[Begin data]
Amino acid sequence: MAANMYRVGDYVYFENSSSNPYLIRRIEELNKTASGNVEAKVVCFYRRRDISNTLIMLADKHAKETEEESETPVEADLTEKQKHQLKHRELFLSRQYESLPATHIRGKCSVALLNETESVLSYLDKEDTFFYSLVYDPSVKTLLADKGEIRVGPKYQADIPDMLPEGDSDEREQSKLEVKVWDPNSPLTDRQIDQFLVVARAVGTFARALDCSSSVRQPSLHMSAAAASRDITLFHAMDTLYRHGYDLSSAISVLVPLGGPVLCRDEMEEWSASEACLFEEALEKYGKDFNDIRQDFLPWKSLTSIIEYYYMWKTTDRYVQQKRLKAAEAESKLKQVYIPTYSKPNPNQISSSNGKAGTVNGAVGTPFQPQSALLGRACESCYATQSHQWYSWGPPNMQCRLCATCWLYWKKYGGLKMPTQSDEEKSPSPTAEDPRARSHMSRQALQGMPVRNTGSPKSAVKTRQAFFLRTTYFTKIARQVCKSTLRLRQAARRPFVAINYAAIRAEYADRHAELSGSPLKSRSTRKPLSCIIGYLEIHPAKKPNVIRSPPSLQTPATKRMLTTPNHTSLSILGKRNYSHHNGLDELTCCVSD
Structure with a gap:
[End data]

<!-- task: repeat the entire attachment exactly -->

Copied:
Amino acid sequence: MAANMYRVGDYVYFENSSSNPYLIRRIEELNKTASGNVEAKVVCFYRRRDISNTLIMLADKHAKETEEESETPVEADLTEKQKHQLKHRELFLSRQYESLPATHIRGKCSVALLNETESVLSYLDKEDTFFYSLVYDPSVKTLLADKGEIRVGPKYQADIPDMLPEGDSDEREQSKLEVKVWDPNSPLTDRQIDQFLVVARAVGTFARALDCSSSVRQPSLHMSAAAASRDITLFHAMDTLYRHGYDLSSAISVLVPLGGPVLCRDEMEEWSASEACLFEEALEKYGKDFNDIRQDFLPWKSLTSIIEYYYMWKTTDRYVQQKRLKAAEAESKLKQVYIPTYSKPNPNQISSSNGKAGTVNGAVGTPFQPQSALLGRACESCYATQSHQWYSWGPPNMQCRLCATCWLYWKKYGGLKMPTQSDEEKSPSPTAEDPRARSHMSRQALQGMPVRNTGSPKSAVKTRQAFFLRTTYFTKIARQVCKSTLRLRQAARRPFVAINYAAIRAEYADRHAELSGSPLKSRSTRKPLSCIIGYLEIHPAKKPNVIRSPPSLQTPATKRMLTTPNHTSLSILGKRNYSHHNGLDELTCCVSD
Structure with a gap: